Thursday, June 2, 2016

An Uncanny Readthrough: #94-125

A page-width panel. Cyclops leans against a door frame as he addresses Storm, Cyclops, Thunderbird, and Wolverine. Cyclops says, ‘All right, people! The show’s over and it’s time Professor Xavier’s School For Gifted Youngsters was a going concern again… time you learned what being an X-Man is all about.’

As always, this post contains spoilers that should be of no consequence to anyone who's read a few contemporary X-Men storylines.

UNCANNY X-MEN #67-93 consisted entirely of reprints, so my epic readthrough picks up again in 1975 with GIANT SIZE X-MEN #1 and its direct sequel, UNCANNY X-MEN #94, carrying through to #125. (You don’t need to read my previous posts to understand this one, but if you’re curious I’ll direct you to #1-25, #26-50, and #51-66.) After writer Len Wein and artist Dave Cockrum take a turn with GIANT SIZE, these issues mark the start of what you’ll often see called “writer Chris Claremont’s epic run,” with art and coplotting by Cockrum until John Byrne takes over as penciller and co-plotter with #112.

The book officially adds UNCANNY to the title as of #114, too.

Plenty happens before this momentous taxonomical shift, though. When the original team is kidnapped by a sentient island (as as happened to all of us, yeah?) in GIANT SIZE #1, Professor X scours the world for new recruits and discovers or reconnects with Nightcrawler (German), Wolverine (Canadian), Banshee (Irish), Storm (Kenyan), Sunfire (Japanese), Colossus (Russian), and Thunderbird (Apache). When all the original X-Men except Cyclops decide they’d rather pursue other careers, these newcomers take up the mantle.

It’s a massive change-up, given the previous team’s preponderance of white Americans, but unfortunately the racial diversity doesn’t stick for long. Sunfire promptly returns to Japan and Thunderbird dies after refusing to be a team player.

Yep. The first official X-Man death belongs to an Aboriginal guy--and with a shocking disregard for the number one rule of comics, he's never been properly resurrected in the main universe/timeline. Blah.

Claremont, Cockrum, and Byrne do introduce other POC throughout these thirty-two issues, but the panels are still overwhelmingly white even where the background characters are concerned. Storm remains an important character, but on a wider scale the team’s sojourn in Japan alongside Misty Knight (Jean’s roomie as well as an ally), Colleen Wing, and Sunfire provides our only real break from the predominant whiteness.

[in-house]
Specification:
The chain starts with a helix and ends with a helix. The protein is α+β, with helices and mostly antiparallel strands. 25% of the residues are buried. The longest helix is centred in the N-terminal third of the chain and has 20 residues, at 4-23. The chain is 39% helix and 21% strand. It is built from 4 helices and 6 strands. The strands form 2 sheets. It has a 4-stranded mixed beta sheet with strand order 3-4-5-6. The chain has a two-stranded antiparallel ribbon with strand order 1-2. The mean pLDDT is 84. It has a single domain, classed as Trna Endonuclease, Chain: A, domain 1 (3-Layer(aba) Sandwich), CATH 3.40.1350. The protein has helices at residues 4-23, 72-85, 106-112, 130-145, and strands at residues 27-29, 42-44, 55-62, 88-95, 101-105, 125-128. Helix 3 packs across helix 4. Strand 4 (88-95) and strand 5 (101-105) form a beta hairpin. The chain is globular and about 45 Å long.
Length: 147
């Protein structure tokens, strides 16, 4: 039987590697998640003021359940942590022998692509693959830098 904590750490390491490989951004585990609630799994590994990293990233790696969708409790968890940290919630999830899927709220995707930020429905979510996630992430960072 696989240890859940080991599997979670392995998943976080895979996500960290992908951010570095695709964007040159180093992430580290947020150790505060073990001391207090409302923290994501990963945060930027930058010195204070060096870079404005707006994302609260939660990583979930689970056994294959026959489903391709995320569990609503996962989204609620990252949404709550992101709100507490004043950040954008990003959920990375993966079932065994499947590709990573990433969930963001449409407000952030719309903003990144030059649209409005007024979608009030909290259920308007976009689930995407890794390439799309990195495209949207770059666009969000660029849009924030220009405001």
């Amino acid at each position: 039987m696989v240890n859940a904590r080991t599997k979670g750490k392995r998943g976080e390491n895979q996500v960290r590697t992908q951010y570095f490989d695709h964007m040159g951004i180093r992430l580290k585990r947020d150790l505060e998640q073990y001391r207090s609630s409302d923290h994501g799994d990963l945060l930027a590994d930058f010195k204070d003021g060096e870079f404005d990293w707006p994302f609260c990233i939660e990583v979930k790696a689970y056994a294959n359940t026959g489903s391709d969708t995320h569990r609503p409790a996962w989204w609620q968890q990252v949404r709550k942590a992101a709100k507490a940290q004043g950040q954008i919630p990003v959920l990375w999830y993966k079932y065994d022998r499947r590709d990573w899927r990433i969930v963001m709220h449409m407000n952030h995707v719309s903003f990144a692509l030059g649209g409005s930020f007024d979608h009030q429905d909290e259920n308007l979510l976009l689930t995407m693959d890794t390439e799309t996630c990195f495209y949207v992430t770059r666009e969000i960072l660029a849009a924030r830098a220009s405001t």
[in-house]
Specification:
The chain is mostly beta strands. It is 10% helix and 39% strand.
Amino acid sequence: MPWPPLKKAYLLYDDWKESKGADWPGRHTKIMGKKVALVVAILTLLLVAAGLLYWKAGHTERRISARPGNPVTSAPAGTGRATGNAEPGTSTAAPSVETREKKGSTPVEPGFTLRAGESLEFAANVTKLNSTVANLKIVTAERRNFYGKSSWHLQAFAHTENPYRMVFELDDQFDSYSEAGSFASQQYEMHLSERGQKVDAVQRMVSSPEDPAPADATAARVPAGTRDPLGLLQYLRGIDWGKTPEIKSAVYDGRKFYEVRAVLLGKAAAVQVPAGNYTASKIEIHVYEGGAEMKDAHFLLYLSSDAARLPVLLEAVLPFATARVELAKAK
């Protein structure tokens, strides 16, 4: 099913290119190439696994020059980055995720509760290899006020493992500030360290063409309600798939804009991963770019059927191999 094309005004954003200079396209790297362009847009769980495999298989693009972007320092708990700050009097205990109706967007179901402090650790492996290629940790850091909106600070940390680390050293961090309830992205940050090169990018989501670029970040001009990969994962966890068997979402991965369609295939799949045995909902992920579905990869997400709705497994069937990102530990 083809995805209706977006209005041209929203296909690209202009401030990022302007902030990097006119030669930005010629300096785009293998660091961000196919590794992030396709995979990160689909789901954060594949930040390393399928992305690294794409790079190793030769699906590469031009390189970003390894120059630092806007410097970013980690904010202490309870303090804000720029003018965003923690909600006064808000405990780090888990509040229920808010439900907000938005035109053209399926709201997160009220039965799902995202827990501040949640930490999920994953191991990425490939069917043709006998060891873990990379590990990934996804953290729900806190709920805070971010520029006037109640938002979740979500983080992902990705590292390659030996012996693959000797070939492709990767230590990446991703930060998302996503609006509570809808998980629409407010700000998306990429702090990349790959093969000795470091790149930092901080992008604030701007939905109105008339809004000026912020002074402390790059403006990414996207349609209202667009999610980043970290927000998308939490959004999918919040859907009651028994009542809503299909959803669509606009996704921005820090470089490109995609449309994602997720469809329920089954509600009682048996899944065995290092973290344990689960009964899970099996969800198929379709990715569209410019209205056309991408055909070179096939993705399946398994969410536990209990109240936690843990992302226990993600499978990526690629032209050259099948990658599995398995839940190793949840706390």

You’ll notice Storm is also the only woman officially on the team, preserving the mostly male model we saw with the first crop of X-Men. Thankfully, Moira MacTaggert quickly becomes a constant presence at the school, and just as quickly transitions from housekeeper to genius genetic researcher with a secret island at her disposal. (Number Two Rule of X-Men: You’ve Gotta Have a Secret Island.) Jean, too, still hangs out with everyone on a fairly regular basis, and the creators make some attempt to establish that she, Storm, and Misty are all close friends who do many non-superheroic things together. They pass the Bechdel-Wallace test, even, though its by no means an every-issue occurrence. Jean eventually rejoins as an official member, too, when she realizes the superheroic life isn’t quite done with her yet, or she with it.

This happens in large part because in #101 she dies while piloting a spaceship through a solar flare (another one of those things we can all relate to) and promptly resurrects herself as Phoenix, a supercharged version of her Marvel Girl persona. Her attempts to define and master her new power set remains an occasional focus through to #125, hinting at moar drama to come.

Jean Grey bursts out of the ocean. She wears a skintight green superhero outfit with shining gold gloves, thigh high boots, and sash. Her dialogue says, ‘Hear me, X-Men! No longer am I the woman you knew! I am fire and life incarnate! Now and forever--I am PHOENIX!’

Phoenix’s ascension is perhaps the most important and enduring thing that happens during these issues, but it’s far from the only draw. Claremont’s run isn’t legendary solely because it’s long. It’s also good. These issues are both action-packed standalones and important pieces in a larger, ongoing saga that clearly isn’t limited to the X-Men as it was in the old days. They’ve still got the whole “sworn to protect a world that fears and hates them” thing going on, but they’re also fully integrated into the Marvel Universe. Footnotes stating that some fact or other was established in NON X-MEN COMIC #46 abound, as do plot-important appearances from characters who play roles large and small in other ongoing series.